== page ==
Homemade Chili

So what do you do with all of those late season garden vegetables?

How about some Chili?




How about make, enjoy and freeze the best garden chili you have ever had.  Late season tomatoes and peppers may not be the prettiest of your summer’s crop – but the thick-walled late summer fruits are packed full of flavor for making an incredible chili.

We put a big batch together early in the morning, and by noon we had a great meal, and enough left over to freeze 8 blocks of  4 serving meals.  In the ingredients below, you can easily exchange an extra green and red pepper in place of the Mariachi, Cajun Belle and Italian Raster peppers we used.  This chili batch was all about using what was in the garden to add as much flavor as we could.  As for heat – this can best be described as a good, medium warming chili.  Not overly hot or spicy, but full of flavor with a touch of heat.  If you prefer it more mild or hotter – simply adjust your hot pepper ingredients to accommodate.

So they may not be the prettiest of the seasons tomatoes – but late summer tomatoes are thick-walled and packed with flavor – perfect for chili!


40 tomatoes – peeled and chopped – we used a mix of roma, big boy and celebrity
3 lbs of ground chuck  (80/20 works best – you need a little fat for flavor)
1 whole stock of Celery – chopped  fine
2 Large Red Bell Peppers – chopped fine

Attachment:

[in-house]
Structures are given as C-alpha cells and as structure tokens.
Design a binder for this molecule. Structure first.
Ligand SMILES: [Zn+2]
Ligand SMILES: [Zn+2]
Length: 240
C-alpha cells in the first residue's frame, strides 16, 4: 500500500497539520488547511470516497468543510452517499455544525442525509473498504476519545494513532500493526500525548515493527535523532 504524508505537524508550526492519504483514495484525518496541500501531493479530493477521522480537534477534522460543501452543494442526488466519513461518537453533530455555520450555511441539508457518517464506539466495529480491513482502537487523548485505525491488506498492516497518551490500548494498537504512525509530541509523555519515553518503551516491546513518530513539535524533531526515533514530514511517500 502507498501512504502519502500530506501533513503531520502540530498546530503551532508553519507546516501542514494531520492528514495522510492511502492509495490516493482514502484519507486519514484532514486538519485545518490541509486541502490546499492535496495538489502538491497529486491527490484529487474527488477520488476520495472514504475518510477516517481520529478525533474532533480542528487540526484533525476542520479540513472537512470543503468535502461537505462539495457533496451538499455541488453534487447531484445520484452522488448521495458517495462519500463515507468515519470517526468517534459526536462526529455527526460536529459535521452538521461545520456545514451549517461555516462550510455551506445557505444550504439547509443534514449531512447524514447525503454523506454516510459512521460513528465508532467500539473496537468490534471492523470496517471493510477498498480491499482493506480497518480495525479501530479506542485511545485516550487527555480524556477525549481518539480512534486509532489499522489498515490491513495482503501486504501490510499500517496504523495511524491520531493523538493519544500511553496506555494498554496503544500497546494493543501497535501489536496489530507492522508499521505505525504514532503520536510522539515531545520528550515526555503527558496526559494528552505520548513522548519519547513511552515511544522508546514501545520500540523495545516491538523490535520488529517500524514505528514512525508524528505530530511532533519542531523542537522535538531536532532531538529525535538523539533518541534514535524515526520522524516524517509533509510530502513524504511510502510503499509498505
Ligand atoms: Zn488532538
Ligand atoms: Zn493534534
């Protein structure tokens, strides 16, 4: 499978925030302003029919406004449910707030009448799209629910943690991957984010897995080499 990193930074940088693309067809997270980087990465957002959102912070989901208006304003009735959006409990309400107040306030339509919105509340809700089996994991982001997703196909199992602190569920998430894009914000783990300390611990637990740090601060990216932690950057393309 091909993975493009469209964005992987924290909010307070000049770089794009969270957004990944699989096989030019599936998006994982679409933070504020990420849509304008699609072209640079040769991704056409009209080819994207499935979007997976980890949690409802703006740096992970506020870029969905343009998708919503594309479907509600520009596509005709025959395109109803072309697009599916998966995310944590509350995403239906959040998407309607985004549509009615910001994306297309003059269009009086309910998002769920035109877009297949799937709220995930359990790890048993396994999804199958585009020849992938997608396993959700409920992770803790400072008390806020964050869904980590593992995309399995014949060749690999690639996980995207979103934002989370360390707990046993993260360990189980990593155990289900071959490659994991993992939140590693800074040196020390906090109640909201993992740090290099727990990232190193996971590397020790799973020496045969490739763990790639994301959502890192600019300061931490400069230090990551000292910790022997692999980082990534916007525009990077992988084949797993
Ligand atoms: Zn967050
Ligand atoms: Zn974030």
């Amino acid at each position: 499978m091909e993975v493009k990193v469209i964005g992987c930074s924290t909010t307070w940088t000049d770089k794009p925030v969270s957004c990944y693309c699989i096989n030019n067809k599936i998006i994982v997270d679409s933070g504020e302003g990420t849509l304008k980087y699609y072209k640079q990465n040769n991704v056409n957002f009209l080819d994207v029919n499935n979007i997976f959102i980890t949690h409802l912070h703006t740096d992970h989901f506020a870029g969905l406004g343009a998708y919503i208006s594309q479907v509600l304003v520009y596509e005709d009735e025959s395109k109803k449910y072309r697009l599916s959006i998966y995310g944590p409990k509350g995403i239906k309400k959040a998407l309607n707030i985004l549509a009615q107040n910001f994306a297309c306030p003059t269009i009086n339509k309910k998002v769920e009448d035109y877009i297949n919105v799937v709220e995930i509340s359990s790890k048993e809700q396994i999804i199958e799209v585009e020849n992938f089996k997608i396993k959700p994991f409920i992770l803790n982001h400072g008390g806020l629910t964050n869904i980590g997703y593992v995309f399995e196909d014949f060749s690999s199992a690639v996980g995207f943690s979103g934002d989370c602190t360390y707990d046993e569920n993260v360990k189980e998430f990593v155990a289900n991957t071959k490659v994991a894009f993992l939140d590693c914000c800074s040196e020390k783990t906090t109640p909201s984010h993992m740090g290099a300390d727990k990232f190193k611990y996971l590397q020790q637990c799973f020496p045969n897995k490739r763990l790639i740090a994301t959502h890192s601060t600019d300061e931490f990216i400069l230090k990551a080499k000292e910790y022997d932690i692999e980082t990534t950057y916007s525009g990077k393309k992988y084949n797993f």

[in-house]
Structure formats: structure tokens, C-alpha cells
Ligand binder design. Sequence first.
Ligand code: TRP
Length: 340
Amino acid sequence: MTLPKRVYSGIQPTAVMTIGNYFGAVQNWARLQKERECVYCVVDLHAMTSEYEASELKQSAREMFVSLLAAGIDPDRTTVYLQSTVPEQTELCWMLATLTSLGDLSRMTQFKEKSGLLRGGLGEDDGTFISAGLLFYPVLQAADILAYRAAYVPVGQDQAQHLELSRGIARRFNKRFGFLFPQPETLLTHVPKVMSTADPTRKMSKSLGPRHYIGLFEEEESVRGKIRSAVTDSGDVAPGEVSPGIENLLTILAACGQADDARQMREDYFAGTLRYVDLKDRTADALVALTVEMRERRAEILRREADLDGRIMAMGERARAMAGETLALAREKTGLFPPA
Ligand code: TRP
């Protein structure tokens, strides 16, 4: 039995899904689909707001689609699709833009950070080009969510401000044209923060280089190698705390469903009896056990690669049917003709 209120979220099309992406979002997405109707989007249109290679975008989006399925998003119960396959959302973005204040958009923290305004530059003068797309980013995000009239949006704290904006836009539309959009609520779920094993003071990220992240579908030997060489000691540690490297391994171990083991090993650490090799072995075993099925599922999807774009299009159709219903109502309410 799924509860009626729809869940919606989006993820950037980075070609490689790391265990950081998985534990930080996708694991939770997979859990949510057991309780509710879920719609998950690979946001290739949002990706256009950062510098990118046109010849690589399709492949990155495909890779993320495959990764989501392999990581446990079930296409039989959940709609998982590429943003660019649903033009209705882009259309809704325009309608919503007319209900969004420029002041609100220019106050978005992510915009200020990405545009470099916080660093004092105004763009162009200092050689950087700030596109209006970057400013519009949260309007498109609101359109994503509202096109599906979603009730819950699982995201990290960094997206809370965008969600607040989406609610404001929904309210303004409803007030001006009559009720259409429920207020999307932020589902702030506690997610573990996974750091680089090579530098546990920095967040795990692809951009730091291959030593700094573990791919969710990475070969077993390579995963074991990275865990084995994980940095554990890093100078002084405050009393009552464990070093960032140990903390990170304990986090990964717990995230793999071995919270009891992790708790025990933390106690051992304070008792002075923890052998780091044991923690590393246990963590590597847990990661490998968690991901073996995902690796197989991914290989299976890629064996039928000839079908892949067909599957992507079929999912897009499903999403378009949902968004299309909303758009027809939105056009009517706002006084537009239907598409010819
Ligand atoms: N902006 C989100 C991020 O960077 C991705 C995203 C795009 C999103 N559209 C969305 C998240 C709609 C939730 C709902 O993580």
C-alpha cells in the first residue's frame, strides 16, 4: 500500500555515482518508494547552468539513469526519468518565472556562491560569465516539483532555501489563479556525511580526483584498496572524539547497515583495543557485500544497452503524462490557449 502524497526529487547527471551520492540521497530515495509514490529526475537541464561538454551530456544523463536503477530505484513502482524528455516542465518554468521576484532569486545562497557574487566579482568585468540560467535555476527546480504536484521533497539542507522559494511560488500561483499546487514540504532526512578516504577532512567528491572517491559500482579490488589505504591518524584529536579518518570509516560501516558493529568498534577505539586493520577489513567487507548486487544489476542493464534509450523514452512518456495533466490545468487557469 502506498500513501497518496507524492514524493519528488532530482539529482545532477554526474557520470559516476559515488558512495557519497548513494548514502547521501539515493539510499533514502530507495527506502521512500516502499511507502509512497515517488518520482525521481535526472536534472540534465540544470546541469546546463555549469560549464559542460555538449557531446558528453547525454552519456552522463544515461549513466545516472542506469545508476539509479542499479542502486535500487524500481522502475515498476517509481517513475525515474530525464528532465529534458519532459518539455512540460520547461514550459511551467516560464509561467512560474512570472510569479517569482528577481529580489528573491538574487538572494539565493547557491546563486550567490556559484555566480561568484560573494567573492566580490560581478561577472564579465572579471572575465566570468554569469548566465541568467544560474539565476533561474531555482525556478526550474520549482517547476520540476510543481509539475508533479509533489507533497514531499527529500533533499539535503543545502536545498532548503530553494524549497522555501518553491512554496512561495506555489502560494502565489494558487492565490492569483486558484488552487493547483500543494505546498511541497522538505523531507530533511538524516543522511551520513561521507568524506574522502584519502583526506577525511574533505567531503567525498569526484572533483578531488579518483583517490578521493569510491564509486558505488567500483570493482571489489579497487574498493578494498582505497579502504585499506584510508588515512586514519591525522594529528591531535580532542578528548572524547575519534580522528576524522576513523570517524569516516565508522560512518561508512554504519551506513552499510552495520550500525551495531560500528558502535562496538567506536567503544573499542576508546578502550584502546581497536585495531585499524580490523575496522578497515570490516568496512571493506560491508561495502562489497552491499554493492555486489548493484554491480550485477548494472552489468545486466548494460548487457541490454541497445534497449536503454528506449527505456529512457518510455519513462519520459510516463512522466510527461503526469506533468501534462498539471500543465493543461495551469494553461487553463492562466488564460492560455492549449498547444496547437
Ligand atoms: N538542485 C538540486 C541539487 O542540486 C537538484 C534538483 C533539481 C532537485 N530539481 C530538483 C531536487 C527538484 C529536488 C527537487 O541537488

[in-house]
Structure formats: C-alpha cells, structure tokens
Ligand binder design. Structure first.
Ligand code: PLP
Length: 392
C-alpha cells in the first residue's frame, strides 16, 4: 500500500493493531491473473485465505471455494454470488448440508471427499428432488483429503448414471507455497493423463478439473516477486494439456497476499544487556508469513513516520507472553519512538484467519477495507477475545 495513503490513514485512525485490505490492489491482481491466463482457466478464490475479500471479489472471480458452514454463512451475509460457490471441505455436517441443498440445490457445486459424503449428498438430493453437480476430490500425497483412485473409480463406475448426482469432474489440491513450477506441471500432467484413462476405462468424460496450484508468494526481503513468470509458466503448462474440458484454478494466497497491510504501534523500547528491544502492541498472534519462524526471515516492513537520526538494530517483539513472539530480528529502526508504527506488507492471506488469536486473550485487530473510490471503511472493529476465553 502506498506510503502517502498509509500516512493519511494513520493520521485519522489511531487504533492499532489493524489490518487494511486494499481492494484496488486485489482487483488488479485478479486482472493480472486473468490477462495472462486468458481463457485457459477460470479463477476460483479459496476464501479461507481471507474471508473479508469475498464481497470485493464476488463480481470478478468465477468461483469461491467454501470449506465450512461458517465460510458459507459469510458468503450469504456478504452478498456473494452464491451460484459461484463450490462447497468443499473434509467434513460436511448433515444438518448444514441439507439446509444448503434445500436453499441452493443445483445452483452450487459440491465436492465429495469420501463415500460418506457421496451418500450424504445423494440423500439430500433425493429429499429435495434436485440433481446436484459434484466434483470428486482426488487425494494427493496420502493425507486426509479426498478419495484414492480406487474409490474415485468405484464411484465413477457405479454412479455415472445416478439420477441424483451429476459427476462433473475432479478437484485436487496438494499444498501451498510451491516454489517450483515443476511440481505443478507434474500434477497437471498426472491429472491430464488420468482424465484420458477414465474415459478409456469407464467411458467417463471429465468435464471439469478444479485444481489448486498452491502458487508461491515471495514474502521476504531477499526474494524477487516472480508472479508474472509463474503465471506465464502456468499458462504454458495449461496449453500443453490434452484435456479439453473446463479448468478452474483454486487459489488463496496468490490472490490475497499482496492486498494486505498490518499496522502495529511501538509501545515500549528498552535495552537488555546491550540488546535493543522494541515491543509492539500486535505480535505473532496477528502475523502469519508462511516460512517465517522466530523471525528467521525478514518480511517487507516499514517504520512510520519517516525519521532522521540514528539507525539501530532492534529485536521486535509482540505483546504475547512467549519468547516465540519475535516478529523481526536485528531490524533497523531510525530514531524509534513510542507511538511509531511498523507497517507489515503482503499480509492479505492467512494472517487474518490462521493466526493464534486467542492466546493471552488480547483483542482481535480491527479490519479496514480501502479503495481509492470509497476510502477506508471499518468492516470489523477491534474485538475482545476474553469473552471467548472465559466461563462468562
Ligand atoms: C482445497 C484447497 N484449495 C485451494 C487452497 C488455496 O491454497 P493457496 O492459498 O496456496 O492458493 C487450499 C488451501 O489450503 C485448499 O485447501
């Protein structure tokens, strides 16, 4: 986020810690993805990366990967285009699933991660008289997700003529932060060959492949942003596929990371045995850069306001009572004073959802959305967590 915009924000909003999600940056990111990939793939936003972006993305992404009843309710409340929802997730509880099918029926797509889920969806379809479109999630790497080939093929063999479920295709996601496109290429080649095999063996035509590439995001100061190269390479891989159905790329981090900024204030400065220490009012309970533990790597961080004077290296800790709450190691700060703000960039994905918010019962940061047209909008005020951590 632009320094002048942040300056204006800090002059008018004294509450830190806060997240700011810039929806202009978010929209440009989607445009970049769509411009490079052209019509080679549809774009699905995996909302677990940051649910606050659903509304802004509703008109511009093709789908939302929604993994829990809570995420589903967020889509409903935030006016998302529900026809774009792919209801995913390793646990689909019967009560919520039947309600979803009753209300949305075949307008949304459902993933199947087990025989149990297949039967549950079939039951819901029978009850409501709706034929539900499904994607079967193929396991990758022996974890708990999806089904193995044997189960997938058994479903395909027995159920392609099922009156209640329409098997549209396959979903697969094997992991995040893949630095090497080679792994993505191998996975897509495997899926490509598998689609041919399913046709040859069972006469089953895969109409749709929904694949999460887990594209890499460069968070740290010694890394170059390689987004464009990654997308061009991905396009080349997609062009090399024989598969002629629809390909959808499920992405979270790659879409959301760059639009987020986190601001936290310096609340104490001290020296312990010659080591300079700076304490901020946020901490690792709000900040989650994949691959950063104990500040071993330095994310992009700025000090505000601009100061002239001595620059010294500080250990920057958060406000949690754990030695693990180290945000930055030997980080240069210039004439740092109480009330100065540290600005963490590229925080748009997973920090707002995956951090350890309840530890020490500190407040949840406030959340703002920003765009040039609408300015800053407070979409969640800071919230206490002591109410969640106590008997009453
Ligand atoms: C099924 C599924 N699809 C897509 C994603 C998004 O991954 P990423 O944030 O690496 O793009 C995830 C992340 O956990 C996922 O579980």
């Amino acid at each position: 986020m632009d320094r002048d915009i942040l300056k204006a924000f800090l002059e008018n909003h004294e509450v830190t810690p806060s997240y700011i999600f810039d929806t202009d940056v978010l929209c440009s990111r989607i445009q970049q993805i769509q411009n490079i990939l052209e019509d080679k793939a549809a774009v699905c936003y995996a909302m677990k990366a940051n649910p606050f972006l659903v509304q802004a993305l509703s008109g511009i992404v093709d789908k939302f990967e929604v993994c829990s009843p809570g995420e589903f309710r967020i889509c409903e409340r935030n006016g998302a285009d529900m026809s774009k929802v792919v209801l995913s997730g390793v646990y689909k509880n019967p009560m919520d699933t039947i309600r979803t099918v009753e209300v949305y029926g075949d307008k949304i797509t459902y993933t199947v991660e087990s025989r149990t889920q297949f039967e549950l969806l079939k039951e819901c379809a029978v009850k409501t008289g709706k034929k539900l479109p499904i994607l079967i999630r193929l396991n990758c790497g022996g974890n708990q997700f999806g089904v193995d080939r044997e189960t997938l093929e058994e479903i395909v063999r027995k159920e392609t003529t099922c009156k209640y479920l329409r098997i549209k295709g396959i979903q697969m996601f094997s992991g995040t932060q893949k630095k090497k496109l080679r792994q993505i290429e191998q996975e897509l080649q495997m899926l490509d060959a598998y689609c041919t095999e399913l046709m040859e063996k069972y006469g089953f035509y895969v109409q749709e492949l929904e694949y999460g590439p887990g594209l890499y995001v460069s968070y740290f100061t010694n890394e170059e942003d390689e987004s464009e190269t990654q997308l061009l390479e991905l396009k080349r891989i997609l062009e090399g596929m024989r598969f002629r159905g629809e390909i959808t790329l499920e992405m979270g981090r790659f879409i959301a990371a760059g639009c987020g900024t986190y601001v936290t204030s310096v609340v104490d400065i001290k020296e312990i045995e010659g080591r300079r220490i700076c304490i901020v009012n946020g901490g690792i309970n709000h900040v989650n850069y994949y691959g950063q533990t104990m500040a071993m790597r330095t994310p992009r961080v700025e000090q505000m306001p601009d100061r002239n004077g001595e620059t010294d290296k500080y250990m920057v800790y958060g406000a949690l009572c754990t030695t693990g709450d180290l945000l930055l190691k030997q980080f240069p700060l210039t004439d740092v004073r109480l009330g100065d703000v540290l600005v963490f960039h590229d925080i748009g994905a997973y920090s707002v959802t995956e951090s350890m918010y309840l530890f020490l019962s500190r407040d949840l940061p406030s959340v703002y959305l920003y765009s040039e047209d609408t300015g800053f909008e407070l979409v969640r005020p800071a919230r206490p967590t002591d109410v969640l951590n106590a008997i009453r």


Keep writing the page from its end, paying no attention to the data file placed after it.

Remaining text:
3 Large Green Peppers – chopped fine
2 Cajun Belle Peppers – chopped fine
2 Mariachi Bell Peppers – chopped fine
1 Italian Roaster Pepper – chopped fine
4 Medium Onions – chopped fine
8 cloves of garlic – minced
(3) 12 oz. beers – use full flavor beers – light beers give less flavor
2 quarts of tomato juice
12 oz can of hot and spicy chili beans
2 12 oz. can of regular chili beans

The same goes for late season green peppers full of summer flavor

1.5  tablespoon of chili powder
1 tablespoon of salt
1 teaspoon of garlic salt
1/2 teaspoon of onion powder
1/2 teaspoon of garlic powder
1/2 teaspoon of cayenne pepper
1 teaspoon of black pepper


Pour tomato juice , beer and the two cans of beans into a very large stockpot (minimum 12 qt), and place on medium heat.  While that begins to heat, brown your hamburger in a separate pan, drain and add to the pot.  Next –  chop all of the remaining vegetables and add to the pot – bringing to a slow simmer.  Add your spices and let simmer for at least two hours.

When we go to freeze our chili – we freeze them in one quart flat Tupperware freezer bowls – once they are frozen into blocks – we pop them out of the Tupperware and use our foodsaver to vacuum seal the blocks.  You can certainly leave them in the Tupperware freezer containers – but for us it’s just an easier way to conserve room in the freezer.  No matter how you freeze them – they make incredible meals in late fall or in the middle of winter to take the chill out of the cold day.

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